interface is one of the only three statements that can appear with no modifiers.   The others are class and constructors.  Methods cannot appear with no modifiers (they need a return type or void).  Nor can variables (they need a type).


  You cannot put constructors in an interface.


  You must label all methods in an interface to be abstract or make them abstract-like. (As opposed to a class, which can be labeled abstract without actually having any abstract methods.)


  The actual abstract modifier on an interface's methods is optional.  i.e.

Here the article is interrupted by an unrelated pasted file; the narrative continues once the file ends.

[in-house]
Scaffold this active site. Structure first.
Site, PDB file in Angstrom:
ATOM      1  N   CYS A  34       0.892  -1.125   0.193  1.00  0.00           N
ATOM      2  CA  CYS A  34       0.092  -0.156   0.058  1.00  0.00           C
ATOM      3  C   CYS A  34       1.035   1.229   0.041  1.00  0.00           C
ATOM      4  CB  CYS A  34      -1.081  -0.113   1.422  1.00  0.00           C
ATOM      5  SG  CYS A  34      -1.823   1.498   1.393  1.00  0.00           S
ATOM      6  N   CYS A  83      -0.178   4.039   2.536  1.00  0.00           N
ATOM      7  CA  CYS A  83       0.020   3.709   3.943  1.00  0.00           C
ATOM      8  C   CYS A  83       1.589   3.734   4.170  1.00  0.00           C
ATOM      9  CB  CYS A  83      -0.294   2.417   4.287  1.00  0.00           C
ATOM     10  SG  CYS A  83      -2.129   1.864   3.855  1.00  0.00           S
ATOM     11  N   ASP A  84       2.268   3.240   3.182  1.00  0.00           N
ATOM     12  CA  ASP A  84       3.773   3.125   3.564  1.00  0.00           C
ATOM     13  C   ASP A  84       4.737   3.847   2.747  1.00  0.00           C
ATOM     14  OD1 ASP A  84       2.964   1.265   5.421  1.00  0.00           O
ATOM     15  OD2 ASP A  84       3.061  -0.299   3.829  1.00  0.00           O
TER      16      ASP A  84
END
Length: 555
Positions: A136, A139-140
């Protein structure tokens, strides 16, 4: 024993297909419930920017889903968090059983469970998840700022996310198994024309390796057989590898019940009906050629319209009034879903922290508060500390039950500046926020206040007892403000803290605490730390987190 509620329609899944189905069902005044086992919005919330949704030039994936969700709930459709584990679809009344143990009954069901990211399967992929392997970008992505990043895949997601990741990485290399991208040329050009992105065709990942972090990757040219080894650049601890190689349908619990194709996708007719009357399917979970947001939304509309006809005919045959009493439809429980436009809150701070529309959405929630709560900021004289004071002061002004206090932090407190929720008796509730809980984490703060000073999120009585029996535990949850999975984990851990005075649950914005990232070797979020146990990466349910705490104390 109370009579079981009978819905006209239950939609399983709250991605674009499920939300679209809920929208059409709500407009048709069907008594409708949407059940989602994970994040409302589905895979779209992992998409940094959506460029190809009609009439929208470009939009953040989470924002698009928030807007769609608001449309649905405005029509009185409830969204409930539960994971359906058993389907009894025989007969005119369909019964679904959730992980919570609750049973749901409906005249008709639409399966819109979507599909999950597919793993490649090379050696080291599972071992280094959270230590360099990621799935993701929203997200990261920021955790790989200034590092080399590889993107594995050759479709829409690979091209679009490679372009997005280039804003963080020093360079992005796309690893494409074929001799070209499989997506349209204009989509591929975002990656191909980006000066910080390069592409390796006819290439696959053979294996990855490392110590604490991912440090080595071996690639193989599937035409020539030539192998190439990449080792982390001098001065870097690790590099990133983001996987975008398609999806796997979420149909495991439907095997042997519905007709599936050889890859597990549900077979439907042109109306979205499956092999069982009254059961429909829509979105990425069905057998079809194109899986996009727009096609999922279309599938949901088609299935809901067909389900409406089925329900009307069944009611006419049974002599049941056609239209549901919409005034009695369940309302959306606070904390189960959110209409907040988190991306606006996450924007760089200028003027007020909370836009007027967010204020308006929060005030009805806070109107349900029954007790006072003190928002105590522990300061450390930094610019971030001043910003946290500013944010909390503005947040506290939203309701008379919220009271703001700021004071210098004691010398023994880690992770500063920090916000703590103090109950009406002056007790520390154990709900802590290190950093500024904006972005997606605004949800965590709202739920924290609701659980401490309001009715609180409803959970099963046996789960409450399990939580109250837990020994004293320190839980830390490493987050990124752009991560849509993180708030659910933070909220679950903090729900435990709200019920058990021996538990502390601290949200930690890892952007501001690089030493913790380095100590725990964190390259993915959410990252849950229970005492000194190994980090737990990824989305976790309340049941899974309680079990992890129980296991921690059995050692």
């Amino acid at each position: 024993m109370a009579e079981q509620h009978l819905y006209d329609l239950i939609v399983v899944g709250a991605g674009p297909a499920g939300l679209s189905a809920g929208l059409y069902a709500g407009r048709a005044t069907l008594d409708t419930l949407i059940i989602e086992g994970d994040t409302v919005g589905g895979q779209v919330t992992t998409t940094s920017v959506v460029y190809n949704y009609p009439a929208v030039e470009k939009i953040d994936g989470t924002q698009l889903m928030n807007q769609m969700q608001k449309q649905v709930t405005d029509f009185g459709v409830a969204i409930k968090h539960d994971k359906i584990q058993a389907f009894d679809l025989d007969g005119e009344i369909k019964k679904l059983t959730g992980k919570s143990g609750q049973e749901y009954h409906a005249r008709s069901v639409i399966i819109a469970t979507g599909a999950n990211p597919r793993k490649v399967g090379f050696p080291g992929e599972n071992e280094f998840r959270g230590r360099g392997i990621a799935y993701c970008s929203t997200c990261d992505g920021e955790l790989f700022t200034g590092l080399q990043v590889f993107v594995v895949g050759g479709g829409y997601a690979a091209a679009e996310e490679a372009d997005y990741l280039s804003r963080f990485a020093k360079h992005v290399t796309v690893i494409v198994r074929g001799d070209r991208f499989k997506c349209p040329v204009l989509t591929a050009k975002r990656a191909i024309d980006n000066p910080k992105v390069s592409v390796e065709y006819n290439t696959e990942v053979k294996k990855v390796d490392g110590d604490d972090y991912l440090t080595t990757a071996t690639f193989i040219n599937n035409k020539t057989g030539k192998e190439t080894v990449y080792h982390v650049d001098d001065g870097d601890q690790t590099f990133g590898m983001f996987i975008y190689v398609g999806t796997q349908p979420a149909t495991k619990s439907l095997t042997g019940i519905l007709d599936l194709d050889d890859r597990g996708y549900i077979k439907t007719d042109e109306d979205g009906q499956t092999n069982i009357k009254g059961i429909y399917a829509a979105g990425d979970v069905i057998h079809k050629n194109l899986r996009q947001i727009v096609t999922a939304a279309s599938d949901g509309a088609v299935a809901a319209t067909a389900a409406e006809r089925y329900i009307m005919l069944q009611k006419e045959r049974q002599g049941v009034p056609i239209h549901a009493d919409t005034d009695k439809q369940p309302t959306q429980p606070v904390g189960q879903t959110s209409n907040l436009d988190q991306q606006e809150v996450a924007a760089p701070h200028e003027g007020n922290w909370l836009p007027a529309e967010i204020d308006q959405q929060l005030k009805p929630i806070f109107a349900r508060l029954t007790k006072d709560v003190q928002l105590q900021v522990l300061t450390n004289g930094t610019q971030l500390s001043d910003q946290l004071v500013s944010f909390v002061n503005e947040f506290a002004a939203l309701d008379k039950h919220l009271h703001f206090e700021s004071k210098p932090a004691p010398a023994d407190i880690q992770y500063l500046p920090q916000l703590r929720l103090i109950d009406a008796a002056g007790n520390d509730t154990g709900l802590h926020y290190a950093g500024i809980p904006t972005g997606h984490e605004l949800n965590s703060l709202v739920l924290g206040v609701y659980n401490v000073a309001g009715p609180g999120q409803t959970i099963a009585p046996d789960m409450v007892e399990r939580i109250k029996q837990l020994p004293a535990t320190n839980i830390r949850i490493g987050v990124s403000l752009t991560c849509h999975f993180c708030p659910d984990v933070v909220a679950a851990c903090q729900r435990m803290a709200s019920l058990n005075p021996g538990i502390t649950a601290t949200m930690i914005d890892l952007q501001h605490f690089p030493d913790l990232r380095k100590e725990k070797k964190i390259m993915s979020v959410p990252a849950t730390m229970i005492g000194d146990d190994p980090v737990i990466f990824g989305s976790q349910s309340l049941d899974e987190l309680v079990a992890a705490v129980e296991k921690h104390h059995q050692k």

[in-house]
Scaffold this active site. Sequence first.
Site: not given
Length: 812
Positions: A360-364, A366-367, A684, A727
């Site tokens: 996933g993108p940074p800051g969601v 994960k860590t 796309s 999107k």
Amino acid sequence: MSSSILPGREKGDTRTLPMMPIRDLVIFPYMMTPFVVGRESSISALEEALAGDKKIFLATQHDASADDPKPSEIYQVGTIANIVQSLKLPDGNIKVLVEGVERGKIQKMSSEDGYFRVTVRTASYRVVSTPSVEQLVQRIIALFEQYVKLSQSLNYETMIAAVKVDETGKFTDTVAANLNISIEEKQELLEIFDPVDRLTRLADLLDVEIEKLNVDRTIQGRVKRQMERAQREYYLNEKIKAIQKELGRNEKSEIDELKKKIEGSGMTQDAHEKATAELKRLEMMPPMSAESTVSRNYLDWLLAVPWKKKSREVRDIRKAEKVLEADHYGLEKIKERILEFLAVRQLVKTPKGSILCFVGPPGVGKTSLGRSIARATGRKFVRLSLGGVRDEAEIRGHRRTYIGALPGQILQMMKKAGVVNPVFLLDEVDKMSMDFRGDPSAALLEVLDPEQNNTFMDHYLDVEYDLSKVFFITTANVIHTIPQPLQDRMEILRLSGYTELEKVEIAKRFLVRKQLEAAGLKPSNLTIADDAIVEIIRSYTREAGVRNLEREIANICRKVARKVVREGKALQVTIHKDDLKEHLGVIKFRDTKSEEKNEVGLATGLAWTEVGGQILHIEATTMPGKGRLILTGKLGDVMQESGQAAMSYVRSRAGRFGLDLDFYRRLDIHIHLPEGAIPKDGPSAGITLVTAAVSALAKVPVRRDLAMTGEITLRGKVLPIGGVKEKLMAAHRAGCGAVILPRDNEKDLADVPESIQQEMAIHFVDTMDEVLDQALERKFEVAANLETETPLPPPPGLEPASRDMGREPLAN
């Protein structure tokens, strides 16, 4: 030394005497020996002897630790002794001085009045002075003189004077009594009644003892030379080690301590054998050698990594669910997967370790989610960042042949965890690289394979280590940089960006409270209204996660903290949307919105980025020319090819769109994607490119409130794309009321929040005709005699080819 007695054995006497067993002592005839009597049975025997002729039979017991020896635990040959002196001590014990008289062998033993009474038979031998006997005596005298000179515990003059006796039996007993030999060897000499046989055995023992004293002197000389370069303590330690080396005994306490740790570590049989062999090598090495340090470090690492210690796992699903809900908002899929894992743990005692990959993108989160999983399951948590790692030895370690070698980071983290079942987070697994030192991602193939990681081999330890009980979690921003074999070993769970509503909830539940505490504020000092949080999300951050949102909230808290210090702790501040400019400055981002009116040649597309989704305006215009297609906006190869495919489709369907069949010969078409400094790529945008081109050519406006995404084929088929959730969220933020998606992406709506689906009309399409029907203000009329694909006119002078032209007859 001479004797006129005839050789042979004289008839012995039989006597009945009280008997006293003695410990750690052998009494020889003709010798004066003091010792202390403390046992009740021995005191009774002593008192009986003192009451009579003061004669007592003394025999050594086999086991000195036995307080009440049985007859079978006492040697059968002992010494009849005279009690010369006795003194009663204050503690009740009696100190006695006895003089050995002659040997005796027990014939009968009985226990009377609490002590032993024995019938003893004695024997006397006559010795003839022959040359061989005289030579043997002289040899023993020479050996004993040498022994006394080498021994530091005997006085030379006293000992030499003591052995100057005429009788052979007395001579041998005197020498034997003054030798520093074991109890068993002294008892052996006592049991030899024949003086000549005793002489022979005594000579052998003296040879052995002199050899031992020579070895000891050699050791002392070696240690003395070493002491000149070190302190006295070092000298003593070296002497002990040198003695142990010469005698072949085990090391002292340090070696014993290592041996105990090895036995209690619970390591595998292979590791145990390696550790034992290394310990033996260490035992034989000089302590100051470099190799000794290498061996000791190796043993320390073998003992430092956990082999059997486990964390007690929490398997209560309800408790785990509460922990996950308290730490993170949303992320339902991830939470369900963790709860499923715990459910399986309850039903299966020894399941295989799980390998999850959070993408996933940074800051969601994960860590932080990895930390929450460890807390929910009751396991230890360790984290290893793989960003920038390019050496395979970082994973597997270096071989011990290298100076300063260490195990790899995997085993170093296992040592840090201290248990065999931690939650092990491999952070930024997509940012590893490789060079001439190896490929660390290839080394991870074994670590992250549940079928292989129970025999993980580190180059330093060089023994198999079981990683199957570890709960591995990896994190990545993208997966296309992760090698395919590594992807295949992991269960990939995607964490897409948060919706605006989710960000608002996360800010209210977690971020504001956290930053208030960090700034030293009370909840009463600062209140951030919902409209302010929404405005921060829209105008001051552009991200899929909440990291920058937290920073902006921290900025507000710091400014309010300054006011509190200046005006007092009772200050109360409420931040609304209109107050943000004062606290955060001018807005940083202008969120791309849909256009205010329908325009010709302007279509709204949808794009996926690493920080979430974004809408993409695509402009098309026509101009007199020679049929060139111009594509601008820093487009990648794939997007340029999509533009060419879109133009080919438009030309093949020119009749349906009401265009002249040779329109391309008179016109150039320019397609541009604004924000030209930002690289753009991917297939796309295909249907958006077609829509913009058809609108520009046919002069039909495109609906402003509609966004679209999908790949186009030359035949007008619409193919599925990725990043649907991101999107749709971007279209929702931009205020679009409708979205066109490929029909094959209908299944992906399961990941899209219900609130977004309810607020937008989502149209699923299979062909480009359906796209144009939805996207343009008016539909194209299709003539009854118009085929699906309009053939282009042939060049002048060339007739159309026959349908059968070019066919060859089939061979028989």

public abstract void method1( );  and 

public void method1( );  both create abstract methods.


  All variables in an interface must be final.  They can be static final.  Meaning they must be constants.


  An interface can extend another interface. You cannot "implement" another interface.  i.e. The class Demo below must implement all four methods of One and Two or be abstract itself:


interface One {

public abstract void method1( );

public void method2( ); 



interface Two extends One {

public abstract void method3( );

public void method4( ); 



public class Demo implements Two {

public void method1( ) {  }

public void method2( ) {  }

public void method3( ) {  }

public void method4( ) {  }  



  There is no “base” interface, serving like Object does for classes.